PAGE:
The main room of the bar is in full swing as I burst from behind the curtains. Some assholes clap while some yell as I leap from the stage into the crowd. A glance behind me shows the drummer and Howard emerging from behind the curtain, Howard looking bewildered and the drummer glaring with the same glowering eyes. I shove patrons aside as I navigate for the door. Another tentacle wraps around my wrist, tugging me backwards. I yelp, pulling myself through the doorway and slamming it on the appendage. It squirms on the filthy floor of the entrance, spraying dark green blood on my shoes. The drummer stares through the glass pane in the door, seemingly howling with the music drowning out the noise.
I wretch open the door of the bar, stumbling out onto the sidewalk. I tear around the corner of the building down an alleyway. I nearly run into a chain-link fence towering over me. I scramble to hide behind a dumpster. Panting and shaking, I struggle to hold a crouch while looking for an advancing figure. I see no one. I wait there trembling for a couple of minutes, my eyes permanently fixed on the entrance of the alleyway.
I nearly shriek as a figure emerges from the direction of the entrance. He runs to the fence, frantically glancing around. My ragged breath alerts him of my position.
“What the hell, man? I told him that I wasn’t turning you in.” Howard tries to help me up, but my legs won’t unbend from their crouch.
“Where is he? The drummer?” Howard tries to grab my hands, but they remain balled up in fists pressed against the ground.
“He bolted after you. I thought he came looking for you, but I guess he flew the coop. C’mon, will you just get up?” I force my limbs to stand. Howard brushes the grime off of my jeans. “We should probably take you home.”
“No, I… I think I’m okay.” My shoulders lose some of their tension as I exhale a large breath. Thinking of the tentacle I severed, I glance at my shoes for signs of the struggle. No green blood clings to my shoes. It’s just Howard and I in the alleyway, no drummer trying to wrap me in his hoodie. Or his tentacles. I shudder. Did I mix my medicines today? It wouldn’t be the first time. Perhaps Howard was right. I should just walk this off.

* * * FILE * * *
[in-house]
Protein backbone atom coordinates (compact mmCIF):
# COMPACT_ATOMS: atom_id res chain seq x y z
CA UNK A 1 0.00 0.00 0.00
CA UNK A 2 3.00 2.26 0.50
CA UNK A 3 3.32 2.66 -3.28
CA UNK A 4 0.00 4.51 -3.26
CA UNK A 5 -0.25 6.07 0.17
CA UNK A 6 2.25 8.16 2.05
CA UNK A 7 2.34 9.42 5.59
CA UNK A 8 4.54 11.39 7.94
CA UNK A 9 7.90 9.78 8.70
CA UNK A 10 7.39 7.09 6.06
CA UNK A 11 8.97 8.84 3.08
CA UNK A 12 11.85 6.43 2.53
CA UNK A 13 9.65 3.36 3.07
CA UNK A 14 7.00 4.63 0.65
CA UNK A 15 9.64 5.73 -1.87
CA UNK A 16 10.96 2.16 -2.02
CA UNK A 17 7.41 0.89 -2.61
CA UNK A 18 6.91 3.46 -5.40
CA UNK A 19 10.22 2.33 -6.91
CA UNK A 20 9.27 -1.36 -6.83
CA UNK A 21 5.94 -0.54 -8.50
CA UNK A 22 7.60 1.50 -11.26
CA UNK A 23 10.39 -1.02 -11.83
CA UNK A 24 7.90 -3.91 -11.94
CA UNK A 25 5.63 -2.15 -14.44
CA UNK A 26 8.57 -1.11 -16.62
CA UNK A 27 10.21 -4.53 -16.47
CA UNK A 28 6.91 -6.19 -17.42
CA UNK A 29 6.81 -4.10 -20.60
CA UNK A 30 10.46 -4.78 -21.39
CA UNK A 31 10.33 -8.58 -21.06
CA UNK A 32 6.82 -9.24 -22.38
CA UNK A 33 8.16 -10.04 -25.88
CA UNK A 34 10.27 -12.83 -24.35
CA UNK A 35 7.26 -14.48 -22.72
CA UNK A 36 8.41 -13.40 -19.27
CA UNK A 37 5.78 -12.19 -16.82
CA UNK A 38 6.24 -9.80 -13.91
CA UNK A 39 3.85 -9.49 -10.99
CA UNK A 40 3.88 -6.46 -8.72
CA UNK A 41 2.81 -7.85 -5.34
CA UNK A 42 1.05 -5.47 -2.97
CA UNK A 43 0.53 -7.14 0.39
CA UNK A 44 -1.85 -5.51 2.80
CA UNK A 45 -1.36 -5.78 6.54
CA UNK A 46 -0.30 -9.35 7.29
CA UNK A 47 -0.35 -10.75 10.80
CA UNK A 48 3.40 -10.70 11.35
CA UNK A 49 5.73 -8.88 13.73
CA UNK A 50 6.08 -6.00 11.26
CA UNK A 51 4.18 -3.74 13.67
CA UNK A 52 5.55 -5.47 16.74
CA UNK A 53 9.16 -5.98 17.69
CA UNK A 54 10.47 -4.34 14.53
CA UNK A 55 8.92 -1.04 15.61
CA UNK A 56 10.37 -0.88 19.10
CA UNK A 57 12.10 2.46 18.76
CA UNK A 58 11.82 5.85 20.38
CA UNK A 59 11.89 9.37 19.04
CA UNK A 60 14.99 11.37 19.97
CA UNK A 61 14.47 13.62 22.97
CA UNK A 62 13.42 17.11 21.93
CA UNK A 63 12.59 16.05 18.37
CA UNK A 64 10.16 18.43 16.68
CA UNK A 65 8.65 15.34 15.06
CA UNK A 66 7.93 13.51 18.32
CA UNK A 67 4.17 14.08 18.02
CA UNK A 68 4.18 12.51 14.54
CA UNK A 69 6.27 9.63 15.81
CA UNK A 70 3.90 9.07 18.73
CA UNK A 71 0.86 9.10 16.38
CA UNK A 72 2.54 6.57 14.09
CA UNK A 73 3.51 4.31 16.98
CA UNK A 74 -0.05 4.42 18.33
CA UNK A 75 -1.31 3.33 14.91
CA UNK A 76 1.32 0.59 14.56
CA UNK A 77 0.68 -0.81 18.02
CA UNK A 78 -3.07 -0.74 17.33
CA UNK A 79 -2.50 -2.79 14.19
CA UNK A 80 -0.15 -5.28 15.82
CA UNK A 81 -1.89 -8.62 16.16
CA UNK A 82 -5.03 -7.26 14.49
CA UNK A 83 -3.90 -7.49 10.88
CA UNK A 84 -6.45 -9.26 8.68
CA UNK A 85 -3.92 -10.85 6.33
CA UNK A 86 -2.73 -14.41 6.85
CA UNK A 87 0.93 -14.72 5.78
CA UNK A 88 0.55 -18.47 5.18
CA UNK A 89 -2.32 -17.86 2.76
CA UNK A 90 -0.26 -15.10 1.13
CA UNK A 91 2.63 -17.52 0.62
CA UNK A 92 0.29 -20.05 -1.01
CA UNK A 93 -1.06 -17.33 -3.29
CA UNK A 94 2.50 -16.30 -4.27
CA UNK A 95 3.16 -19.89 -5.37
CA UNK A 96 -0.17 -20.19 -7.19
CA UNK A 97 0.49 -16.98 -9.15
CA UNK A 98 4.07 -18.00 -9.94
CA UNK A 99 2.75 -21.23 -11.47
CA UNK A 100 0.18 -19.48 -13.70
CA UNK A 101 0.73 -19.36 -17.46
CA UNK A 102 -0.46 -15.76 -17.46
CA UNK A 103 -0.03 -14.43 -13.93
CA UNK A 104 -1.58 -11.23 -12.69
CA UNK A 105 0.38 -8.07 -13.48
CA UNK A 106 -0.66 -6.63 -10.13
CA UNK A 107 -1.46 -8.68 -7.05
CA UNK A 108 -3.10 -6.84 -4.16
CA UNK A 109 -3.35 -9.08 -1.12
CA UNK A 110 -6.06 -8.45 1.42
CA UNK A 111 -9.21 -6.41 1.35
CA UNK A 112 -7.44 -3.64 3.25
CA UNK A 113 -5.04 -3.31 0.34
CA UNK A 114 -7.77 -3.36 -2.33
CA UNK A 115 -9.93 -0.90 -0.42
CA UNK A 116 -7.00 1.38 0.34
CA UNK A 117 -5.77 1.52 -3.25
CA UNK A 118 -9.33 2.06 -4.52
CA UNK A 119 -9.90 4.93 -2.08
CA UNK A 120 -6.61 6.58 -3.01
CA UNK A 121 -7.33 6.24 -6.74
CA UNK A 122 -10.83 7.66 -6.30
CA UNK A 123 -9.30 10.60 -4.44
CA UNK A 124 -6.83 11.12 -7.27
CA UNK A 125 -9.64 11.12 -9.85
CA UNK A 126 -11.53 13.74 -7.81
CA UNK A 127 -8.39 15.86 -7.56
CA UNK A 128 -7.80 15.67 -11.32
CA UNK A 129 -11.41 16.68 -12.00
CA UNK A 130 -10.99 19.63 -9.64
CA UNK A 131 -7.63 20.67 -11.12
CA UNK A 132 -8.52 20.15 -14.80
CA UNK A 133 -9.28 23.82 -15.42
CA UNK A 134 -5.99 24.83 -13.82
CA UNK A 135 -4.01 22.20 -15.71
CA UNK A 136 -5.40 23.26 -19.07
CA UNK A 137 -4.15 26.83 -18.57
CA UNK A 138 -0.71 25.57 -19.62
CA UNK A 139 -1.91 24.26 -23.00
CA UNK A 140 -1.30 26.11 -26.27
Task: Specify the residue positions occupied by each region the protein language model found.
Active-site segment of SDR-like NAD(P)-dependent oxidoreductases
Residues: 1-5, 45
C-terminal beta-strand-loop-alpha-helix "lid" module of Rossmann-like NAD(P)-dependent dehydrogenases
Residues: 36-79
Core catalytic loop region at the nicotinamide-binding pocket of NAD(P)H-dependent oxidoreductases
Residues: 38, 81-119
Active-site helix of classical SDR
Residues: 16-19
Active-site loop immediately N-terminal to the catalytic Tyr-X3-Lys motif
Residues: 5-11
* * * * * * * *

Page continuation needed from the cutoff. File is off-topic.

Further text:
“But did you see that dude’s eyes?” Howard mistakes my question as a compliment, relieved laughter filling the space between us.
“What, you think he’s dreamy?” I force out a couple of sarcastic laughs, then real laughs when I imagine how I must look right now.
“Well, this isn’t the first time I’ve bolted out of a bar.” I stretch my arms above my head. “But probably one of the weirdest trips I’ve had.”
“Yeah, you seemed to be seeing stuff.” Howard grows quiet, ringing his fingers together. “That drummer guy picked you up and moved you onto the couch after you passed out. You kept mumbling this weird gibberish. But the dude just put his jacket on you because you kept shivering and whispered sweet nothings in your ear to calm you down. It was only when he stopped when you woke up and went rogue.” Some of the same worry enters Howard’s face again, creasing the lines feathering from his eyes. “But dude, you have to be careful next time.”
I sigh. “I know, I know. I’m too old for this crap.” I reach out and put on hand on Howard’s shoulder. Seeing the conversation getting too serious, I mutter, “Well sorry for ruining your chances with that red head.” Howard laughs as we shuffle out of the alleyway towards the bus stop. He doesn’t bring it up again on the ride home.
I’m walking down my street, still rolling from a rave Howard’s friend invited us to. I begin to take my hair out of the buns I arranged them in earlier that evening. This is my first time in a couple of months taking Molly again. I just found out that I got back into my Literature program. Tonight was sort of a celebration before I go back on the straight and narrow. But damn, aren’t those street lights pretty? I dance to music still traveling through my body.
I get into my apartment after fumbling with my keys for a while, bursting into the entrance with a grand flourish and stumble. Throwing my bag and keys onto the kitchen counter, I plow through my living space into my bedroom. I spend a couple of hours browsing the internet, hyped about the classes the school’s website listed online for the Literature Ph.D. candidates. Opening one of the syllabi, I find the list of books for a Weird Fiction class I plan to enroll in. First on this list is The Necronomicon. I giggle at the name, thinking it’s a book about grave robbing. Exhaustion hits me like a wall.
I turn off the lights and flop into bed still fully clothed. Feeling relaxation envelop me, I nearly fall asleep when I hear a thump under my bed. I wonder if I left another book in my bed when a slithering noise echoes against the walls of my bedroom.
“There isn’t any way out of this, Cyäegha.” Tentacles wrap around my body, pulling me down through my bed and through the earth. Darkness fills my senses as I fall through the chasm into my cavern again.
Now remember to leave your hallway light on tonight. I hope you enjoyed my own brand of cognitive dissonance. Here are some resources I consulted for my fan fiction:
“The Dunwich Horror” by H.P Lovecraft in The Weird edited by Ann and Jeff VanderMeer.